Under workers’ compensation benefits through an employer, an employee is covered if they sustain an injury while working. However, what if — while you’re continuing to rest at home — your boss offers you light work and you decline? Will you lose your workers’ comp benefits in doing so?
We’re here to help you answer that question. Read on to learn about what light-duty work entails, namely when an employer can offer it, when an employee may decline it, and what health measures you should take before returning to work.
Luckily, you do not have to take on such a situation alone. If your employer is headquartered in New Jersey, searching for work injury lawyers in Trenton New Jersey will give you the best opportunity to obtain the benefits you are entitled to. Generally, a lawyer will meet with you, free-of-charge, before officially accepting you as a client in a workers’ compensation claim.
Light-Duty Work: When Does It Become Available?
Your doctor may advise you to slowly resume work after you’ve healed from your job-related injury. However, how much work you are advised to participate in depends on the seriousness of your injury. It may be recommended that you adhere to specific physical limits to prevent jeopardizing your recovery.
Limitations could involve:
– What kind of job you’ll be able to perform
– The maximum amount of hours you may work in a day
– The max amount of weight you should be lifting at work
– How long to stand or sit without aggravating your injury
– If you need to take regular breaks to avoid pain
Light-Duty Work: Am I Required To Accept?
While you may be questioning whether or not you should accept a lighter workload when ready to return to work, you may not realize that your employer doesn’t have to keep your job open until you return or even give you light-duty tasks. If your boss does offer work that adheres to the limitations your doctor has set, you are required to accept or you risk the chance that your benefits will be terminated.
On the other hand, if you are offered work that goes beyond the limitations recommended by a doctor, you may be permitted to stay off the job and continue receiving benefits.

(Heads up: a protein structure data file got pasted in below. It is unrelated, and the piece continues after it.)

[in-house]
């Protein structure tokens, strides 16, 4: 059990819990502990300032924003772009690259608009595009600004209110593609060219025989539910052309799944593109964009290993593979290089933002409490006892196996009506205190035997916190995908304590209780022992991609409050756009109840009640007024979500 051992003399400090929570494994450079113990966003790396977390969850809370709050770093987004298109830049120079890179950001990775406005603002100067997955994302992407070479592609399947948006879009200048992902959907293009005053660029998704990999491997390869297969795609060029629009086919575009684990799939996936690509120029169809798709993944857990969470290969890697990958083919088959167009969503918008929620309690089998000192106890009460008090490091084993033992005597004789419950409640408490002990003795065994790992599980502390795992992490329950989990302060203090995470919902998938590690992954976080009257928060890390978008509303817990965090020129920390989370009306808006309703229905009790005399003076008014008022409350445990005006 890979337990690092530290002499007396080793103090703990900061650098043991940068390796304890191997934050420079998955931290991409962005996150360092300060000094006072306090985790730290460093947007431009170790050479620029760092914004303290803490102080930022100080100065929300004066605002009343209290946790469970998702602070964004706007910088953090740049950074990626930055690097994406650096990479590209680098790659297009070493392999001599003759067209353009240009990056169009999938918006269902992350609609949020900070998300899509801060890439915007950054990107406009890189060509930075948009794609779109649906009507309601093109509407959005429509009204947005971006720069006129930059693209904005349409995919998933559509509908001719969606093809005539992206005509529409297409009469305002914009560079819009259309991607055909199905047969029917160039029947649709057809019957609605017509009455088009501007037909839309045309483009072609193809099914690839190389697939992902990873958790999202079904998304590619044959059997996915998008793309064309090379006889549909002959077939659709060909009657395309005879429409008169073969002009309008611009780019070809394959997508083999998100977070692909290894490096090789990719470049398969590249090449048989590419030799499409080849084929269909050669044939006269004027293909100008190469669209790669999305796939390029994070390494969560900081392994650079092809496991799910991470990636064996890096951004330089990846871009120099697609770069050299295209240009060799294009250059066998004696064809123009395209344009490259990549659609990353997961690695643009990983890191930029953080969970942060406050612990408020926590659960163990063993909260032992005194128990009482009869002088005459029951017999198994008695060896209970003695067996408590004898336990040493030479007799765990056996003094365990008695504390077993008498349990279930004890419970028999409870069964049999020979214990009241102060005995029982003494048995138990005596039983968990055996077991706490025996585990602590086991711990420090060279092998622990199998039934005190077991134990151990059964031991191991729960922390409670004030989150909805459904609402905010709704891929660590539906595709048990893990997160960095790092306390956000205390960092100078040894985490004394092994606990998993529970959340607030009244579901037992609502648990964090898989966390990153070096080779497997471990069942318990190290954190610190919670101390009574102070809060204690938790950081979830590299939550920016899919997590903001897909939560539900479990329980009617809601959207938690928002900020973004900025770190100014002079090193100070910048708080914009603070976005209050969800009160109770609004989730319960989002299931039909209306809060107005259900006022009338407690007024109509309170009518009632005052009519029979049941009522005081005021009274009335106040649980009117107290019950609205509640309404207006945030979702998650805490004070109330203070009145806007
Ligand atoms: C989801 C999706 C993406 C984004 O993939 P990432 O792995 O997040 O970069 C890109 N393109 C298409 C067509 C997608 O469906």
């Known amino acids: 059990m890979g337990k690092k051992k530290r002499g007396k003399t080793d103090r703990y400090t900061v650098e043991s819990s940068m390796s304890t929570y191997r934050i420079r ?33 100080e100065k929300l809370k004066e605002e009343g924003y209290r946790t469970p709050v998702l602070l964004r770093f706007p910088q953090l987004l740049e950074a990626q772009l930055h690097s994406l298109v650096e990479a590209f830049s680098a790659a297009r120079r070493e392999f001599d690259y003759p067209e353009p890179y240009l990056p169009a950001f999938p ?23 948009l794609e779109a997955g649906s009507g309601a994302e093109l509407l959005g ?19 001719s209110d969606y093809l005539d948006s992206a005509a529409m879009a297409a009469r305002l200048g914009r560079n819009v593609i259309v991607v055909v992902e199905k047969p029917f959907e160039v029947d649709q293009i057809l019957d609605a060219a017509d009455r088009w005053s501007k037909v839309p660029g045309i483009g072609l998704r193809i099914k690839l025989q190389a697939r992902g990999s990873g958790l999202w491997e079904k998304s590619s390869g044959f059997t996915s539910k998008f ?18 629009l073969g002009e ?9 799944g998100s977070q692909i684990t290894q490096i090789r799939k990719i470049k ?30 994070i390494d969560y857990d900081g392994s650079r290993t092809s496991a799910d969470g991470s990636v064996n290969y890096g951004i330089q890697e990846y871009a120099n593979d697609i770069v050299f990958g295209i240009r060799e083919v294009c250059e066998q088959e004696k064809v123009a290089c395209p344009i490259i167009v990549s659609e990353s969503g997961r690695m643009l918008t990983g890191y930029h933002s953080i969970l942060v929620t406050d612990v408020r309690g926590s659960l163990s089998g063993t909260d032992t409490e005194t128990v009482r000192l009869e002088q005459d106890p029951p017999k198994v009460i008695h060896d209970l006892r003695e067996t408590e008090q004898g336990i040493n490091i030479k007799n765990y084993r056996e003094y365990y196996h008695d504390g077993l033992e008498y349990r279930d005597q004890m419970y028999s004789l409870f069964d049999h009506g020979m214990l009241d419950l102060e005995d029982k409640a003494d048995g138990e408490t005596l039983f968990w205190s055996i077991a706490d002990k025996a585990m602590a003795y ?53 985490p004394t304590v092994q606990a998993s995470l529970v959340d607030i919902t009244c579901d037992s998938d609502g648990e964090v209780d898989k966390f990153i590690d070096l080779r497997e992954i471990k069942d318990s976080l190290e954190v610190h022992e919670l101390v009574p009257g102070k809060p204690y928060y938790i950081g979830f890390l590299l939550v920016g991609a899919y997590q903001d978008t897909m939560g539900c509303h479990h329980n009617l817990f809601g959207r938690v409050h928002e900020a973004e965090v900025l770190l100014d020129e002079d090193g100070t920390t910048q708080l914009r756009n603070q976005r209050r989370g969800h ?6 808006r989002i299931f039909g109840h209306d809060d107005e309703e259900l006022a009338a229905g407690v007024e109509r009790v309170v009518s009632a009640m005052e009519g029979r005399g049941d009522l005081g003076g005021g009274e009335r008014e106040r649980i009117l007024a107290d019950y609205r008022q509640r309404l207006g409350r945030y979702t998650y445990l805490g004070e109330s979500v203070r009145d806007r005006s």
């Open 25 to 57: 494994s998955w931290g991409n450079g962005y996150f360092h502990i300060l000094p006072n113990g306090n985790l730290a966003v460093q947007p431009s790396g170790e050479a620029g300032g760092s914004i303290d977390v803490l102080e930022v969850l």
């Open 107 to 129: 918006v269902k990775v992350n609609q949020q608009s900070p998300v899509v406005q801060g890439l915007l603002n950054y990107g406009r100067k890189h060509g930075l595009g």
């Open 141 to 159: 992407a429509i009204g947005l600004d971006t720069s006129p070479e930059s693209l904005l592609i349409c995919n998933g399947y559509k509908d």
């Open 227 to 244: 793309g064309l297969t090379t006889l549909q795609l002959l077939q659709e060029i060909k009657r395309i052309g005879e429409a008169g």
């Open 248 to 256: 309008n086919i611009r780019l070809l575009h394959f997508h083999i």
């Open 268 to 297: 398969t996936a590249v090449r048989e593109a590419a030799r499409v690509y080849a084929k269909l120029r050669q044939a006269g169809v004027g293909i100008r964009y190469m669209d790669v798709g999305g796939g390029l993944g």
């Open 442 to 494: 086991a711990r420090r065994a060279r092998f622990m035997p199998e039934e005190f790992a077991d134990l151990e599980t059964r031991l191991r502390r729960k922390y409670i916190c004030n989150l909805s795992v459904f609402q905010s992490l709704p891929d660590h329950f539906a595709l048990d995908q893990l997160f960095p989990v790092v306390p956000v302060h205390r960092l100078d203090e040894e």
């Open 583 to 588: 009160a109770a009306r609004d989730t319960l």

Safeguard Your Health
If you go back to work too quickly, you run the risk of impeding your recovery, raising your chances of re-injury, and possibly worsening your current injury.
You should always remember that your employer and insurance provider are losing money while you’re receiving workers’ comp benefits. Because of this, it will benefit them financially to have you working again as quickly as possible.
If you find yourself in the following situations, you may require legal assistance:
– Despite taking the necessary measures medically and adhering to your doctor’s orders, you are being pressured by your employer to return to work before you should, as recommended by your doctor.
– Your payments have been suspended because you declined a light-duty job provided by your employer, but was beyond the limitations set by your doctor.
– Your workers’ compensation claim was rejected and are not receiving benefits as a result.
Stay In Contact With Your Job
It is up to you to keep your employer informed about the progress of your recovery, though you cannot be forced to return to work against the recommendation of your doctor. By staying in contact with your employer, you show them that you are anxious to return to your job when you are able to.
When Do You Need a Lawyer?
If you are being pushed to get back to work despite your doctor ordering that you do not, it’s strongly advised that you retain legal counsel immediately. Being pressured to go back to work when you are not ready is dangerous to your recovery and should not be tolerated.